MoonWitch and MistyBlue - thank you for your input and different insights. Agreed that boarding isn't the path to riches. And that prices have gone way up.

    By my calculations, I think the BO is making about $100/mo profit/ horse. Because I supply feed, bedding and hay equivalent, their profit is about $600/horse (I still pay the regular boarding rate). If my stalls were occupied by a boarder who used the barn's grain, bedding and hay, BO would be back to profit of $100/mo/horse on these stalls, resulting in their loss of income to the tune of $500/horse/month.

    With that in mind, do you think the increased rate should apply to my group?
    Yup. It's been your choice/requirement to buy all your own stuff - not the BO's. Unless you made up a specific boarding contract giving you special pricing privileges when you first moved in, you need to eat the increase along with everyone else. If you don't like the board increase - move.



  7. #7
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    Oct. 27, 2009
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    Quote Originally Posted by ifitwhinnies View Post
    MoonWitch and MistyBlue - thank you for your input and different insights. Agreed that boarding isn't the path to riches. And that prices have gone way up.

    By my calculations, I think the BO is making about $100/mo profit/ horse. Because I supply feed, bedding and hay equivalent, their profit is about $600/horse (I still pay the regular boarding rate). If my stalls were occupied by a boarder who used the barn's grain, bedding and hay, BO would be back to profit of $100/mo/horse on these stalls, resulting in their loss of income to the tune of $500/horse/month.

    With that in mind, do you think the increased rate should apply to my group?
    I would very much doubt that your speculations on their costs are accurate. You have no way of knowing what all of their expenses are.

    As others have said, the board charge is the board charge and you don't get a break from choosing not to use the feed that the rest of the boarders do. On a side note, I'm not seeing where you take into account the extra work you cause for the BO by having your horses on a separate program. They have to provide you with space to store your special food and in my experiences it usually adds work to the feeding routine. If I just consider it rent on food storage space and a surcharge for altering their routine to feed your special diet.



  8. #8
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    Quote Originally Posted by RedmondDressage View Post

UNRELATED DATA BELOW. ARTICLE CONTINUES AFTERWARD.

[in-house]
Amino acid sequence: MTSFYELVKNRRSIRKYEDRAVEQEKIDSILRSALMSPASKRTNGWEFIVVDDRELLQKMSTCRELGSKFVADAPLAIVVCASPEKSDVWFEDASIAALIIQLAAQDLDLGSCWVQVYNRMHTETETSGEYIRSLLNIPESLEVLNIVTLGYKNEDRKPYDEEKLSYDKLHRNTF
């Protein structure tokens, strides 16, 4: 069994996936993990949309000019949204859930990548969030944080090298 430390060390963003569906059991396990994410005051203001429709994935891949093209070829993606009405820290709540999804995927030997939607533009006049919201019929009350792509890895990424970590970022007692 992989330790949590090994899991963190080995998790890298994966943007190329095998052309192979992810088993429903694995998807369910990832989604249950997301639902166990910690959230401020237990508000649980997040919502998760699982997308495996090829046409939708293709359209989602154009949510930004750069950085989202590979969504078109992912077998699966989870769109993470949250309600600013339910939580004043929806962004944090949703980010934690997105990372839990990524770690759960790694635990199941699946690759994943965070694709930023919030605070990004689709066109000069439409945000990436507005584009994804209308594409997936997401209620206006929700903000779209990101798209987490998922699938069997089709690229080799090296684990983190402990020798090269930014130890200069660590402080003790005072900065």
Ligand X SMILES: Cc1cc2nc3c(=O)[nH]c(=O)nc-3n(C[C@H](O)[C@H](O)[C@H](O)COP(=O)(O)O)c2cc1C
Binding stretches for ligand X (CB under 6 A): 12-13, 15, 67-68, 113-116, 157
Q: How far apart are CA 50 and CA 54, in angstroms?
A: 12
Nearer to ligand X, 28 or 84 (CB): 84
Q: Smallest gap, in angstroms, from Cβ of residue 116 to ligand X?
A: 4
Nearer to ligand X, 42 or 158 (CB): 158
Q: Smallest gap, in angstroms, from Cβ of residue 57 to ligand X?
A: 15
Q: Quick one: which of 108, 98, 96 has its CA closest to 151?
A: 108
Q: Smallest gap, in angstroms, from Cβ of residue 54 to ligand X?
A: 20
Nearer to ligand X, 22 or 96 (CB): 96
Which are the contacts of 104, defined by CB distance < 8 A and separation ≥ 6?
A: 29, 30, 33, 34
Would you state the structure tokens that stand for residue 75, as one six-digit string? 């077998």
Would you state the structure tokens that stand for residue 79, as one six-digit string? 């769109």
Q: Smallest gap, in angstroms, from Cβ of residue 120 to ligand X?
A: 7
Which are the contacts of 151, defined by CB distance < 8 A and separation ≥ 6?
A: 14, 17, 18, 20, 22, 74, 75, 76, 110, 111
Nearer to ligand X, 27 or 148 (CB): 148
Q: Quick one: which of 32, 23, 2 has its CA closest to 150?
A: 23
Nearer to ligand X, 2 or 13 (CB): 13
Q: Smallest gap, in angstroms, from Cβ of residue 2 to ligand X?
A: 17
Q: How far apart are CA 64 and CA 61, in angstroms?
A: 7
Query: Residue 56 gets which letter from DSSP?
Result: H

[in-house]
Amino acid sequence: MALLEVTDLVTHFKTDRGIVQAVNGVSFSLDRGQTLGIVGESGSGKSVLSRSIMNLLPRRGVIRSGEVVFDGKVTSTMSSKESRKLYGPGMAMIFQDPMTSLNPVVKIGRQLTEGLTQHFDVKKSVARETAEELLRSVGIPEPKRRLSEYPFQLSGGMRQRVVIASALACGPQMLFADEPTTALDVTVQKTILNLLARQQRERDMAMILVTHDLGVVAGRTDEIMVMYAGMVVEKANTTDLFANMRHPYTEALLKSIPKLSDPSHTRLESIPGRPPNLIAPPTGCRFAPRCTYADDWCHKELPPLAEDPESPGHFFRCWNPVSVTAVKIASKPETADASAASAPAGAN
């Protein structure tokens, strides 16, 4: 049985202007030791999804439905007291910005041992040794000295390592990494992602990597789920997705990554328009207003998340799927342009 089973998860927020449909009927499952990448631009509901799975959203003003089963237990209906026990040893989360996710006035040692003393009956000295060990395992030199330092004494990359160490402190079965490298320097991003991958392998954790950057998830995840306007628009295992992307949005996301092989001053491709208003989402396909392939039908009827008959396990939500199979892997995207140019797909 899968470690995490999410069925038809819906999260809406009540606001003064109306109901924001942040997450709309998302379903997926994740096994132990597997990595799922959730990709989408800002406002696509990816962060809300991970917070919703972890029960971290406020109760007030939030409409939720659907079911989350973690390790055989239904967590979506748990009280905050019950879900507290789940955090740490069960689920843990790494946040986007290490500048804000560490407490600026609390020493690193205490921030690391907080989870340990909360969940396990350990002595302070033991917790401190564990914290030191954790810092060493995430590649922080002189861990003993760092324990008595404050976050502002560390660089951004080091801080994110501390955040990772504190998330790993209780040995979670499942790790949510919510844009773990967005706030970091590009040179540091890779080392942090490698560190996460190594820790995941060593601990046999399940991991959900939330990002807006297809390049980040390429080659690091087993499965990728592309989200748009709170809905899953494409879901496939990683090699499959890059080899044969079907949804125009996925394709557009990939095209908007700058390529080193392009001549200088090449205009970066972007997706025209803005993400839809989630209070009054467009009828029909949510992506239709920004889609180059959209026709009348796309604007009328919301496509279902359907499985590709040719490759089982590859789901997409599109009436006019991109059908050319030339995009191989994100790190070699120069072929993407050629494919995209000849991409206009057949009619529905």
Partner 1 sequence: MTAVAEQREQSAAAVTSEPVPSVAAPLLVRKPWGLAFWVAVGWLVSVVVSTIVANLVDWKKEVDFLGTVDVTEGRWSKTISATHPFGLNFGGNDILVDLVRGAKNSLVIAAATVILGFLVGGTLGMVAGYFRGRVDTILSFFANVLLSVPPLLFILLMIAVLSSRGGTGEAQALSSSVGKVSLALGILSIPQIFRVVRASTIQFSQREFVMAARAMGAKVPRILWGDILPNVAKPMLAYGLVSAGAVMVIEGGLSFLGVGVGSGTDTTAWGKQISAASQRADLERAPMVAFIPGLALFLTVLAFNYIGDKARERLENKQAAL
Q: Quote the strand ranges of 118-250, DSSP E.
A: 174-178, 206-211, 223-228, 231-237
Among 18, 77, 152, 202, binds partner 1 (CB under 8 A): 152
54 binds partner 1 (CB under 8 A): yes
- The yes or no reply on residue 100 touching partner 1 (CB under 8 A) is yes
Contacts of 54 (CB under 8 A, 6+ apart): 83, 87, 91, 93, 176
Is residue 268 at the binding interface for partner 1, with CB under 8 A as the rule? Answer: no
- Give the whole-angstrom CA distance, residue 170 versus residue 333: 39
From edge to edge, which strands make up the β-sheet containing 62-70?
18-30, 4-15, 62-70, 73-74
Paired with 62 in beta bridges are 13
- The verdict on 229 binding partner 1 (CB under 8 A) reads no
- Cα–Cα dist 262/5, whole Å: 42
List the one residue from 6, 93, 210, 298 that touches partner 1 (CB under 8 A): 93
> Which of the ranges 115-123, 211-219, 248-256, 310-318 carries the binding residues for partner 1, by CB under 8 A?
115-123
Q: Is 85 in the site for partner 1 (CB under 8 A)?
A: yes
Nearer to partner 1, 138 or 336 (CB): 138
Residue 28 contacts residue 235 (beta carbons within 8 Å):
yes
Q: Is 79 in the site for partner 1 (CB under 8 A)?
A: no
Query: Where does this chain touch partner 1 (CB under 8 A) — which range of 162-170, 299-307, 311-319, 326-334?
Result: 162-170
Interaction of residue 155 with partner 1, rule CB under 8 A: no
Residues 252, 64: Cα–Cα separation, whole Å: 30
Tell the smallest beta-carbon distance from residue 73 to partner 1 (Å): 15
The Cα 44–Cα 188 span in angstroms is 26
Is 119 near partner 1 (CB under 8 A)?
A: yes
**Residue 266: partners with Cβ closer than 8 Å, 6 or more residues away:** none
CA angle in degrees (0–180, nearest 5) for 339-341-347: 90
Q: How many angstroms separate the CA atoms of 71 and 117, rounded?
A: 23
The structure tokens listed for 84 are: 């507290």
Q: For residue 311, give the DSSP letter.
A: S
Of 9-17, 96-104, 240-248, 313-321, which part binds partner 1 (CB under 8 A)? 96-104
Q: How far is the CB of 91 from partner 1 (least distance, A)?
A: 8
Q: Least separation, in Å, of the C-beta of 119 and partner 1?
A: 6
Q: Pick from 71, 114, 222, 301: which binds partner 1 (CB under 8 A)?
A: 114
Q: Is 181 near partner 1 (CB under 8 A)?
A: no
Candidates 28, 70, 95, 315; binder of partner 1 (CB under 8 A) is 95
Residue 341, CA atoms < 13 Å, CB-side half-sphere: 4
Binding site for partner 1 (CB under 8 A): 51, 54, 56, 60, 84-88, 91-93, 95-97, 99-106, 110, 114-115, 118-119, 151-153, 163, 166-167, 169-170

I would very much doubt that your speculations on their costs are accurate. You have no way of knowing what all of their expenses are.

    As others have said, the board charge is the board charge and you don't get a break from choosing not to use the feed that the rest of the boarders do. On a side note, I'm not seeing where you take into account the extra work you cause for the BO by having your horses on a separate program. They have to provide you with space to store your special food and in my experiences it usually adds work to the feeding routine. If I just consider it rent on food storage space and a surcharge for altering their routine to feed your special diet.
    This^^

    Are your stalls easier to clean since your horses poop less or use less bedding too? Is the labor to clean them less? Are they able to turn-in/out by themselves? I'm not trying to be snarky or b..tchy, I'm just trying to make you aware of some of the things that you need to take into consideration when you factor the costs of boarding.
    Our horses know our secrets; we braid our tears into their manes and whisper our hopes into their ears.



  9. #9
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    Are you already getting a break b/c you supply your own feed? If so, then talk with the owner and perhaps your increase is the same percentage as the others, but not the same amount (because your starting price is lower). I think it's true that all costs have gone up, so it's not just feed - but boy has that increased in the past 3 months!!

    Otherwise, board is board and you pay it. They are doing extra work by having your horse(s) on your special, self-provided diet. Or is he self-care too? In that case you probably are on a special fee program - so just ASK! There are more barn problems caused by assumptions and bad communication by the humans than any fence busting equine.



  10. #10
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    Sep. 12, 2012
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    If I could, I'd have my own place. Unfortunately, between insanely expensive land, work and school that's not an option. Barn is centrally located so I can make the most of my limited time. Part of the reason for supplying my own is that I got tired of finding they were "out of" hay/bedding/feed. We're talking running out of each of these a few times a month. Or having two bales of straw with 20 stalls to bed. It seems to be a combination of cash flow issues and just not keeping track of supplies. I always turn mine out and four days of the week, I bring them in too. On days that the barn workers (BO's relatives) don't turn up, I do my own stalls. I added rubber mats to my stalls so that they're faster/ easier for whomever's mucking. I do my own blanketing and am there for vet/farrier, etc. My supplies live in my horse trailer - just two bales outside one stall. And everyone has a filled haynet/ tub with hay cubes/ feeding waiting for them in their stall. Mine are pretty simple.